Wyoming Superintendent Announces State’s Opposition to Expanded Nondiscrimination Policy
As part of a press release, Brian Schroeder, Wyoming's Superintendent of Public Instruction, decried the recent inclusion of sexual orientation and gender identity in funding provided to Wyoming by the U.S. Department of Agriculture.
The change specifically applies to money Wyoming receives from the federal government to administer programs through the USDA's Food and Nutrition Services, which includes funding for free and reduced lunches.
It is based on an executive order President Joe Biden signed just after he came into office, which aimed to prevent discrimination based on gender identity or sexual orientation.
The U.S. Department of Education is also opening up the public comment period for changes it is making to Title IX, to also include gender identity and sexual orientation as part of its protected categories.
Schroeder said in the release, in part:
"As Superintendent of Public Instruction responsible for setting Department policy, I immediately opposed this action in the strongest terms possible on legal, political, and moral grounds. The Biden Administration gets it wrong again because this action is illegal, which is why 26 State Attorneys General are linking arms and demanding a retraction...Our Wyoming Constitution (Article 1, Sections 2 & 3) already prohibits discriminating against any human being, for any reason. We don’t need the Nanny State holding our hands and telling us how to interpret or apply our laws. After consulting with other state education superintendents around the country, numerous Wyoming legislators and governing officials, as well as the AG’s office and other legal authorities, the short of it is this: we will not comply. Vulnerable children will not go unfed in Wyoming, and we will not allow boys in girls’ locker rooms. We categorically reject gender ideology and will not bow to the coercive will of a bully government. Treasurer Curt Meier and a host of Wyoming’s state leaders have assured me that Wyoming has the money to cover these lunches. We can cut ties with these federal lunch dollars and still provide for Wyoming kids – it only requires two things: the will of the Wyoming people, and the determination of Wyoming’s governing leaders. If we don’t fight this, we enable it. Therefore, I call on all Wyomingites to appeal to their local legislators concerning the liberating prospects of severing our dependence on federal dollars. Washington has shown its hand, and will never stop at forcing its woke agenda and ever-changing value system on people who refuse to embrace it. Be fully assured, this is not the end – they will be back (i.e. boys in girls sports, forced usage of pronouns, etc.) The Wyoming Legislature is constitutionally obligated to fund our public schools, and I will support (and encourage) all efforts to begin the process of cutting ties with federal funds while upholding the constitutional mandate to financially sustain Wyoming public education. Such action, of course, would have to be a phased endeavor, but it is completely doable, and I am fully committed to working with our governing body on how to proceed in a prudent manner. This statement is not to be interpreted as a call for a special session of the Wyoming Legislature, but at some point, we need to move on this or we will forever be under the feds' thumb, beholden to a controlling political mindset that wants to own every aspect of our lives, including our belief system. This is a defining moment for the identity and future of Wyoming and its schools. We must break free if we are to be free."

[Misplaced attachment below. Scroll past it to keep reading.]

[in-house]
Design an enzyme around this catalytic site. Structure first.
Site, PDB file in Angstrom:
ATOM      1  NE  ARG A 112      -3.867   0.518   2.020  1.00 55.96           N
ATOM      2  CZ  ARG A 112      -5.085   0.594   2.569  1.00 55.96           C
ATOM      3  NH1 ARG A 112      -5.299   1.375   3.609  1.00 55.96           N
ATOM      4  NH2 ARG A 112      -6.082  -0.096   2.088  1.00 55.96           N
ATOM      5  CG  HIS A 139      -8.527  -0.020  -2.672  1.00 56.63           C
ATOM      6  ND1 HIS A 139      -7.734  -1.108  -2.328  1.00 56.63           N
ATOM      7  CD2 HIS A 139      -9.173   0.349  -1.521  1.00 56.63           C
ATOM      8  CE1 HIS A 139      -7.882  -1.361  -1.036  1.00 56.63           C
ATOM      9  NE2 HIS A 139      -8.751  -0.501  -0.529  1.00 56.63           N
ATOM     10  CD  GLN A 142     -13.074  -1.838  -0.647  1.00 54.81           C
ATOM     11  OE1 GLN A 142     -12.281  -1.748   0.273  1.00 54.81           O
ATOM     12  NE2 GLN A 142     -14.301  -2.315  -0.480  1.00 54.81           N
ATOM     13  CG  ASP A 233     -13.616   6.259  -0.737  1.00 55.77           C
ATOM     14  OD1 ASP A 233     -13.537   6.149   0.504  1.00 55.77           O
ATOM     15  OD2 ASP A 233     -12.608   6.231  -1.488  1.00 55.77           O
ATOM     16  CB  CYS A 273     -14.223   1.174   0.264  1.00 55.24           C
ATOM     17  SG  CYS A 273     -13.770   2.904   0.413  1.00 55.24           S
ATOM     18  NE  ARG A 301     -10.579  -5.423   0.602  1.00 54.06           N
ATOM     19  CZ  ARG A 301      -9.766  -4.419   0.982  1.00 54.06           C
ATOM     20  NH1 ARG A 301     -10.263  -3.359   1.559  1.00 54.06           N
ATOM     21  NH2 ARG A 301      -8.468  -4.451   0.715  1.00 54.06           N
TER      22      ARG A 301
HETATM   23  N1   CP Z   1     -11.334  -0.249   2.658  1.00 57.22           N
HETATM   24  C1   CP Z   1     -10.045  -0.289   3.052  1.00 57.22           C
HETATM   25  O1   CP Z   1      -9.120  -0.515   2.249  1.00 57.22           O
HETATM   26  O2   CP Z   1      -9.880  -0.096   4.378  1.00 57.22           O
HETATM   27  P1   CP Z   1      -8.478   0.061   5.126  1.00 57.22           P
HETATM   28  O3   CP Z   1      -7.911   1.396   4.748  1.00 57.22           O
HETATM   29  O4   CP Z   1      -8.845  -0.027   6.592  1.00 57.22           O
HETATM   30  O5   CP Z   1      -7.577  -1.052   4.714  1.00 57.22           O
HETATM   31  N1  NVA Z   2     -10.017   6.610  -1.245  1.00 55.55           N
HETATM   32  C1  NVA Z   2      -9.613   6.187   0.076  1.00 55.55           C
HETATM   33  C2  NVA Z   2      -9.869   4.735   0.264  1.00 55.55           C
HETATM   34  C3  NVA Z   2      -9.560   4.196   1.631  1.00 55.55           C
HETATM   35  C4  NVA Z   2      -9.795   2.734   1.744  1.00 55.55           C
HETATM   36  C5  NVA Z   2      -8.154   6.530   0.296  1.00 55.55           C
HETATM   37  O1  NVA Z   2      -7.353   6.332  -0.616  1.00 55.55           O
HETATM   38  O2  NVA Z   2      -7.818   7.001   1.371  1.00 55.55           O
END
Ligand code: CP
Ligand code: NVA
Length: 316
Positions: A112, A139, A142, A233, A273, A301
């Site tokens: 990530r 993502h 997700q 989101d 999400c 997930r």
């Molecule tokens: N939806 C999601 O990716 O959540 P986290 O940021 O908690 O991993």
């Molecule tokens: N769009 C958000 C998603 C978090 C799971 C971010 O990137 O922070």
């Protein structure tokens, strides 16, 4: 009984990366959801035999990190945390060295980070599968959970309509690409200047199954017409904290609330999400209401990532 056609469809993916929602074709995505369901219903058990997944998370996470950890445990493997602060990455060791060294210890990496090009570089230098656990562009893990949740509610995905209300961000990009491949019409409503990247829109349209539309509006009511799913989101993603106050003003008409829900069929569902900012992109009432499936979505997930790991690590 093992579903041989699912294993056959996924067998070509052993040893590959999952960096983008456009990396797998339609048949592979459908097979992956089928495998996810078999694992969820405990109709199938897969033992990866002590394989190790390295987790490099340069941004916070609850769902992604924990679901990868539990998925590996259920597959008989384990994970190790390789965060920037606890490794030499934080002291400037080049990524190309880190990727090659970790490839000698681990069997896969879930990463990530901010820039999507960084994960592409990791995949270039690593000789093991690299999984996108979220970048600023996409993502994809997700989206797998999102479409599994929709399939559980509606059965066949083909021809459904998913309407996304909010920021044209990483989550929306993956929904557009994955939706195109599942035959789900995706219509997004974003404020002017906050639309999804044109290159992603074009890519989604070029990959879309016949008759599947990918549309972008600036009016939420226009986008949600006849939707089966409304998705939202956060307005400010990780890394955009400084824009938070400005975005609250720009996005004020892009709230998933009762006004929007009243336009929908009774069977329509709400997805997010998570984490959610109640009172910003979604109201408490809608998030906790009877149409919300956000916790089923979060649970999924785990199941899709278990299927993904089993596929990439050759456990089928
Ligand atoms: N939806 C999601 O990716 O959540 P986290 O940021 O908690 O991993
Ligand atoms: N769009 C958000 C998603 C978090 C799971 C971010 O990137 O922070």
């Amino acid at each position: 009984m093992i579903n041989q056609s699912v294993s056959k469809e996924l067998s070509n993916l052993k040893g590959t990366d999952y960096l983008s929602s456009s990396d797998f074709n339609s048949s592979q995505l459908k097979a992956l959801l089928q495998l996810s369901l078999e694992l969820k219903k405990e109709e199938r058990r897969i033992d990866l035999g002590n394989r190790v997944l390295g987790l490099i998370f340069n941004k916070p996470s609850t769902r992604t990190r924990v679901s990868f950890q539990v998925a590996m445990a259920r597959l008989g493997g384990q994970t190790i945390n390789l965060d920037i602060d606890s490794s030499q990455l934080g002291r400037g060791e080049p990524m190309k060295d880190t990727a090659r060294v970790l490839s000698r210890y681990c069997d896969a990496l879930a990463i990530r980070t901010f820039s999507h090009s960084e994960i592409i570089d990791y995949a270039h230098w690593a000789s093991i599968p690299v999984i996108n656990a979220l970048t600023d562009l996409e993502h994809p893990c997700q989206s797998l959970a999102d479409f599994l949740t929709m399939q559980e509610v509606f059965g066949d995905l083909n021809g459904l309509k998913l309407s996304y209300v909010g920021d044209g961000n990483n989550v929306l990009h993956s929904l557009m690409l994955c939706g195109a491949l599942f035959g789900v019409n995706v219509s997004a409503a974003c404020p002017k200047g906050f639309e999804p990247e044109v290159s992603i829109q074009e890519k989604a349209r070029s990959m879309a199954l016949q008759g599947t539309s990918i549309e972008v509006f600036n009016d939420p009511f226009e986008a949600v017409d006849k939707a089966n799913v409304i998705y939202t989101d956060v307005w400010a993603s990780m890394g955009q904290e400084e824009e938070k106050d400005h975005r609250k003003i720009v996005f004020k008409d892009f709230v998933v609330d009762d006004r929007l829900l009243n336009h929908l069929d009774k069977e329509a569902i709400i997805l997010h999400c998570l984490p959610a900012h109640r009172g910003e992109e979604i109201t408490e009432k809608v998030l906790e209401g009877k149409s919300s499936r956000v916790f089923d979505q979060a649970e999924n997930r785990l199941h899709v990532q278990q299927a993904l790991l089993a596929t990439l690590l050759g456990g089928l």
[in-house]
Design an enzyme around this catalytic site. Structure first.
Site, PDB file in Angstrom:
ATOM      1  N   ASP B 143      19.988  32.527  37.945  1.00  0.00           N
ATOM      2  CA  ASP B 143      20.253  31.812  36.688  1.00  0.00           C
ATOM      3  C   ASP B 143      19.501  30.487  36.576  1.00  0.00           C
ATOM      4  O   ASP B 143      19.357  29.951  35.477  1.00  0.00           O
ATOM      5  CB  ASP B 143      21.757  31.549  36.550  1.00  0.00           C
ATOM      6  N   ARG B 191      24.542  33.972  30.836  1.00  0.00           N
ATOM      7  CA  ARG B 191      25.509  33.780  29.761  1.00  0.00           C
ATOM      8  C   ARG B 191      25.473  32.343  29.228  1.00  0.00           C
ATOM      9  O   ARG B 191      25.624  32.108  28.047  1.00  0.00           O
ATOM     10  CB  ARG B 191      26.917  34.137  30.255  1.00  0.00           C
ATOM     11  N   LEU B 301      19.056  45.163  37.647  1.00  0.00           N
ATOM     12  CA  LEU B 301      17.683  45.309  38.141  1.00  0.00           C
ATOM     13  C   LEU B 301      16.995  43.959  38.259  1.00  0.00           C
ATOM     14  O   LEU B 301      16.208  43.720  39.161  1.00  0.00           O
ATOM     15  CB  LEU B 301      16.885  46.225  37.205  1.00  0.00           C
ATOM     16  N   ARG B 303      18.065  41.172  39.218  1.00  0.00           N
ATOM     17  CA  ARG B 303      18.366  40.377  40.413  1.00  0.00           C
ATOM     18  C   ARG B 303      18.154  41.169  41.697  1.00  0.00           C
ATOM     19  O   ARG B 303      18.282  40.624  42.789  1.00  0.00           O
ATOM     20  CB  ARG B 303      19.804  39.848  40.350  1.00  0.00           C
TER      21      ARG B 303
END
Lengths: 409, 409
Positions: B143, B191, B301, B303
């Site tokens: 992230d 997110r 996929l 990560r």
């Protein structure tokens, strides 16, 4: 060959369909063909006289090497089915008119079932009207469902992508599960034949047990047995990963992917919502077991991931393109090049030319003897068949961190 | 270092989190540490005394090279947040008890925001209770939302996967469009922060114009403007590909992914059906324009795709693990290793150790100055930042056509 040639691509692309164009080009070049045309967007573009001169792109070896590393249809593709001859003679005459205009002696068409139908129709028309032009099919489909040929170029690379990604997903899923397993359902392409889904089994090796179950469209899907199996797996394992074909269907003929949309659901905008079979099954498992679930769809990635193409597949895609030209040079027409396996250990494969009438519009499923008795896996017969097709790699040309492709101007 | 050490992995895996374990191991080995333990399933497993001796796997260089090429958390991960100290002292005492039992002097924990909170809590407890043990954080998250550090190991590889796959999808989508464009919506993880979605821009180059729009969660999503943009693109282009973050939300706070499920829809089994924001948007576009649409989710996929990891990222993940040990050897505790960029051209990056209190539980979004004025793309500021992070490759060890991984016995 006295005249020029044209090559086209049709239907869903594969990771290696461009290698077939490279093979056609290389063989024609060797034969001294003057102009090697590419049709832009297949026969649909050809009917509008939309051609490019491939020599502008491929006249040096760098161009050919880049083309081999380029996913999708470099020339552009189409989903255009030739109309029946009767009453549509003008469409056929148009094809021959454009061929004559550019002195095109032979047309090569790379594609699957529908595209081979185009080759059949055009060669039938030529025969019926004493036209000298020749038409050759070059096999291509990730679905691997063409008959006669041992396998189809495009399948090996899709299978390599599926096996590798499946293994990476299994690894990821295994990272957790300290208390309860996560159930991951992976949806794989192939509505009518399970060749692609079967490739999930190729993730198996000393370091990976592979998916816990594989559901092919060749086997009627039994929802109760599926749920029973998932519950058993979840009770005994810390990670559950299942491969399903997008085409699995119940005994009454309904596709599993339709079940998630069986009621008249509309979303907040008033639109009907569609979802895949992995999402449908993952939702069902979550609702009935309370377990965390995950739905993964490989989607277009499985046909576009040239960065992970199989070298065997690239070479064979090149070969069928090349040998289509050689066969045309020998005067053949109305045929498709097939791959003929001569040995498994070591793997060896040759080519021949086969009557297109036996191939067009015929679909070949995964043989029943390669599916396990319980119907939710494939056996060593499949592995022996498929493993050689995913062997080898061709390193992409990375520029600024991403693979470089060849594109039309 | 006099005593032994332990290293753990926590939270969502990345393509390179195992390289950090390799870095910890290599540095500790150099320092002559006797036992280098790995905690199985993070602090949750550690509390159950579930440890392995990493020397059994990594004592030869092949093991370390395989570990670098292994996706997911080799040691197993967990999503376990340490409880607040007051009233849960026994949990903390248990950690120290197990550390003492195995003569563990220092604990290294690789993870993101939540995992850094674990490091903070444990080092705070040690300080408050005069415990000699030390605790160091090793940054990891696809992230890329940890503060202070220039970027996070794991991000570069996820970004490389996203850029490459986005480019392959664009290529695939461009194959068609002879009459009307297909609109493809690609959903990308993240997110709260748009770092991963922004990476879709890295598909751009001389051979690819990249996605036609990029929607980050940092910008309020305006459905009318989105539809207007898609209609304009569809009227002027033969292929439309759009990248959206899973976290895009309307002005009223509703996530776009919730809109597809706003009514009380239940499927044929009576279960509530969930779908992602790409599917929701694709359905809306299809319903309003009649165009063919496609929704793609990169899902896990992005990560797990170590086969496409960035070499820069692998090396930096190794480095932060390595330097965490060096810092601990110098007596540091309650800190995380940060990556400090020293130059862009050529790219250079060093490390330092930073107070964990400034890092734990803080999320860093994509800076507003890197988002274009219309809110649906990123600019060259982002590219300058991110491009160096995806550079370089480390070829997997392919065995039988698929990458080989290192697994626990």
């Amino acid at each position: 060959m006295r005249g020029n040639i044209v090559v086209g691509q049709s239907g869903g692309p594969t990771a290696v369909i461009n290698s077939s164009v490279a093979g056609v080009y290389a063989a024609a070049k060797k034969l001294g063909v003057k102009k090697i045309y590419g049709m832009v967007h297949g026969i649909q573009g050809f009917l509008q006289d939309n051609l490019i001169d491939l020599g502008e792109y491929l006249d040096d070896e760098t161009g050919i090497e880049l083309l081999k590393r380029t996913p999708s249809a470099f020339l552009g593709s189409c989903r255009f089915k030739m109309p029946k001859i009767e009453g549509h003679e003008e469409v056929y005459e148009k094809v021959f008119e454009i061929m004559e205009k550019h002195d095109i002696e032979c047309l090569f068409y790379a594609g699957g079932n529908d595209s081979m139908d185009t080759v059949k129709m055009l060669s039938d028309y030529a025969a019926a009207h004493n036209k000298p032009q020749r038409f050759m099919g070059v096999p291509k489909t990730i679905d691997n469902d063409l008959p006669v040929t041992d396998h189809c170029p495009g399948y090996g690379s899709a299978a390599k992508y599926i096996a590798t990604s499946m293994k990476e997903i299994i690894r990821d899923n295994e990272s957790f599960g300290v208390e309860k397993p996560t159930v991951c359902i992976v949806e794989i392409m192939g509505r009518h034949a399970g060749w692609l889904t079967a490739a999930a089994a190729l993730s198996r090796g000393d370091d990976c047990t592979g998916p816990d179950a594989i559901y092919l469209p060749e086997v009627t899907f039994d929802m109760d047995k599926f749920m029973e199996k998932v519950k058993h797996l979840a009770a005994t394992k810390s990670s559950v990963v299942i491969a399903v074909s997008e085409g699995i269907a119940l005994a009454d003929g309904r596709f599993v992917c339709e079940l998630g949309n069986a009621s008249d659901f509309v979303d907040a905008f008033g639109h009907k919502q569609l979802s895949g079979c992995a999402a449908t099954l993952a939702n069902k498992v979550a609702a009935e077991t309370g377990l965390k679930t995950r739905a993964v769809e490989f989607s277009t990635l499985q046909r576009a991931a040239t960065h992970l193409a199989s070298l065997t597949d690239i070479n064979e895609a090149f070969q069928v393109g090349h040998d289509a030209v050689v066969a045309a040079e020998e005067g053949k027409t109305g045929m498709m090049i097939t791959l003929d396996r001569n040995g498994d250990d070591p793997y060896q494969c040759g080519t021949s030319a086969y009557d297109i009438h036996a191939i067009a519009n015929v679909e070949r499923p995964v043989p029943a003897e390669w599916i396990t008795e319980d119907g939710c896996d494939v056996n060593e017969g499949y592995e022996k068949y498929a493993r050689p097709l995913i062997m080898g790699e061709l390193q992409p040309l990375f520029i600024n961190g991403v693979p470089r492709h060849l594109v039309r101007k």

The most recent statement by Schroeder is a follow-up to a previous statement by the Wyoming Department of Education that they oppose the proposed changes to the USDA's nondiscrimination policy.